How Divorce May Affect Your Insurance Coverage
NAPLES, Fla. - Most married couples, especially when they have minor children, have one family health insurance plan. This plan usually is provided by one party's employer or independently from an insurance company. Either way, usually upon divorce, coverage for the non-employee spouse will be terminated, or if there is no longer a family unit, then coverage might change.
While there are laws in place to protect a person from immediately losing coverage, investigate your options before negotiating your divorce settlement.
Determine how much income you will have after the divorce to choose a plan.
Some plans have higher premiums and then lower deductibles, and others have lower deductibles with higher premiums.
Also determine what is important to you: For some, having counseling benefits is essential and for others, perhaps coverage for addiction treatment.
Does the plan include dental coverage?
Oftentimes dental coverage is much more affordable when purchased with the health insurance plan.
Find out when your current health insurance will terminate and coordinate the start of your new plan.
Also, find out if you qualify for COBRA and how much the monthly payments would be to continue the current coverage and compare the cost of both policies. (Note: COBRA stands for Consolidated Omnibus Budget Reconciliation Act, which is the federal law that can provide people with the right to continue health coverage.)
Since the Affordable Care Act, there are a variety of health care options.
Visit the website, www.obamacarefacts.com.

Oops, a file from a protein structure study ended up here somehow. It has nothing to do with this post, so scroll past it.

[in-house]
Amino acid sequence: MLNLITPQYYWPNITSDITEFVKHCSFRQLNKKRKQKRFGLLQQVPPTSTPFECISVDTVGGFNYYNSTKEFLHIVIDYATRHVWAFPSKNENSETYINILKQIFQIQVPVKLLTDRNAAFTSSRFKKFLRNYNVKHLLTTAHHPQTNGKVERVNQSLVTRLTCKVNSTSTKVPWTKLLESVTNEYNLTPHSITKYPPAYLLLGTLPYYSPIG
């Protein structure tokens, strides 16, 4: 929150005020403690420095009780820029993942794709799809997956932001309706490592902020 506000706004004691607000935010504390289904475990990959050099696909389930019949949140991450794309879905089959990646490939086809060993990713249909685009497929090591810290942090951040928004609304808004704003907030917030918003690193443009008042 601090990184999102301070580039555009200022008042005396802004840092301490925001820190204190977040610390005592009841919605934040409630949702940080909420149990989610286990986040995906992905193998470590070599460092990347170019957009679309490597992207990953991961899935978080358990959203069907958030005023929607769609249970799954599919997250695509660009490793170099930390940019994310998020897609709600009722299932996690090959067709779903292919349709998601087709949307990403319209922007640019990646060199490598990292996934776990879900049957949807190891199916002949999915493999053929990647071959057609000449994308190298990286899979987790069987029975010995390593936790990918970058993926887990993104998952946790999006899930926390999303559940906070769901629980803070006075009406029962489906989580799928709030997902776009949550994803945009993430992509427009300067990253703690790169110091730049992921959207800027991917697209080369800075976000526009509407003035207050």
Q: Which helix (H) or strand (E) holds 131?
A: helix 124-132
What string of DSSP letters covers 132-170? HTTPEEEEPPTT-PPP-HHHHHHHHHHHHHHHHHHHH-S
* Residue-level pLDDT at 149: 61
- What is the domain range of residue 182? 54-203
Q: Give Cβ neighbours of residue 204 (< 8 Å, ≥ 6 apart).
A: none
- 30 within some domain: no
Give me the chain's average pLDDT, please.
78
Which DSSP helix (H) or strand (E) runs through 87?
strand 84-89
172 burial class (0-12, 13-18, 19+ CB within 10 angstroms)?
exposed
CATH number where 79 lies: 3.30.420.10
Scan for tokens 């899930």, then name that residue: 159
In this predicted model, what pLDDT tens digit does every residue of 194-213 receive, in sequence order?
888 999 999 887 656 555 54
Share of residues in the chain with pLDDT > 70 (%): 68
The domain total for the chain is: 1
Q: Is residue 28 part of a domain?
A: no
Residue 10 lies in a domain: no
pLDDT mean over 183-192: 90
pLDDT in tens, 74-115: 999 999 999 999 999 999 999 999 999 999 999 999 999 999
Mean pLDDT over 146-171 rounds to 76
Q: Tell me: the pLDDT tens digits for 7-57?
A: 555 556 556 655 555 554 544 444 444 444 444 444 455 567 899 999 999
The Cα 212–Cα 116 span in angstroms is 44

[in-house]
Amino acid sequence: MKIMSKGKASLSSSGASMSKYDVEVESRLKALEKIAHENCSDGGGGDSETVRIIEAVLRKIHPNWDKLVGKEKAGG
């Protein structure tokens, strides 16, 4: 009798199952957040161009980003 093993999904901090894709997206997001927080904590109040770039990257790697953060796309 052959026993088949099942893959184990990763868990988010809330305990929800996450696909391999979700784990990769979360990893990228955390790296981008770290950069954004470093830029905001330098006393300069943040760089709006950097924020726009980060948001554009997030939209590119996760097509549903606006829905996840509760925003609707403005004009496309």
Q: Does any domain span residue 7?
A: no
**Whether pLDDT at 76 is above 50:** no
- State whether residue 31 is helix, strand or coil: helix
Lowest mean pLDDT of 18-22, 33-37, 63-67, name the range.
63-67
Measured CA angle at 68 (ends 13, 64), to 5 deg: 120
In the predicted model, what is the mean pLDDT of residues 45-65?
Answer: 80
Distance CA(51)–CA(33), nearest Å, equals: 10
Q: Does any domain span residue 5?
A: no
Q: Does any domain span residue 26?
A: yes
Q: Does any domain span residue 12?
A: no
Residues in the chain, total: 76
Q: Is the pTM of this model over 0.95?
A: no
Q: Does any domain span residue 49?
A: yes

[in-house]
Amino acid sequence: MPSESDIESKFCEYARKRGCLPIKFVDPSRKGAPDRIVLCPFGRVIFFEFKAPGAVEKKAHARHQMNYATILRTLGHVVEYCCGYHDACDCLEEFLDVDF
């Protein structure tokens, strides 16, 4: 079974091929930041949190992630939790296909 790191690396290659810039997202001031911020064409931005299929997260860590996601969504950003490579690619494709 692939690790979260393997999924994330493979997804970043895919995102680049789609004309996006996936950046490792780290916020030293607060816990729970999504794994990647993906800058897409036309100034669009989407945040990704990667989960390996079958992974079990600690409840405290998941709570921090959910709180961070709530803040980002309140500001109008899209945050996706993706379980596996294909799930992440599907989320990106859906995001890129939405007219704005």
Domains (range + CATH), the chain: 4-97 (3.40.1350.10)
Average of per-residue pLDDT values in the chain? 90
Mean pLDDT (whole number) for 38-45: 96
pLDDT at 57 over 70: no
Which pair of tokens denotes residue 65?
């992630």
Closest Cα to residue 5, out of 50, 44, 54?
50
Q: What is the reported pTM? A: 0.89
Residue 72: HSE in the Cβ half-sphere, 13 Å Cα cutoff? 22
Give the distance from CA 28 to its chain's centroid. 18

There are a variety of health care insurance plans available with varying premiums. There are several other online sources for procuring health insurance such as www.esurance.com.
You can also go straight to a particular company, such as Blue Cross Blue Shield or Cigna, to get quotes.
If you are the non- monied spouse and are eligible for alimony, try to get enough alimony to cover your premium.
You also can get the monied spouse to pay the premium for you separately but be sure that they are actually being paid.
Regardless of whether you are the husband, the wife, the monied spouse or the non-monied spouse, be aware of what's going to happen to your health insurance coverage after divorce and planning accordingly will help to ensure a smooth transition.
Rebecca Zung, a family law attorney, is a founding partner of the Law Office of Zung Clough, PLLC in Naples. As a renowned divorce authority, she helps clients transform and rebuild their lives. Her book, "Breaking Free: A Step-by-Step Divorce Guide to Emotional, Physical and Spiritual Freedom," is available on amazon.com. Contact Zung at RebeccaZung.com or firstname.lastname@example.org.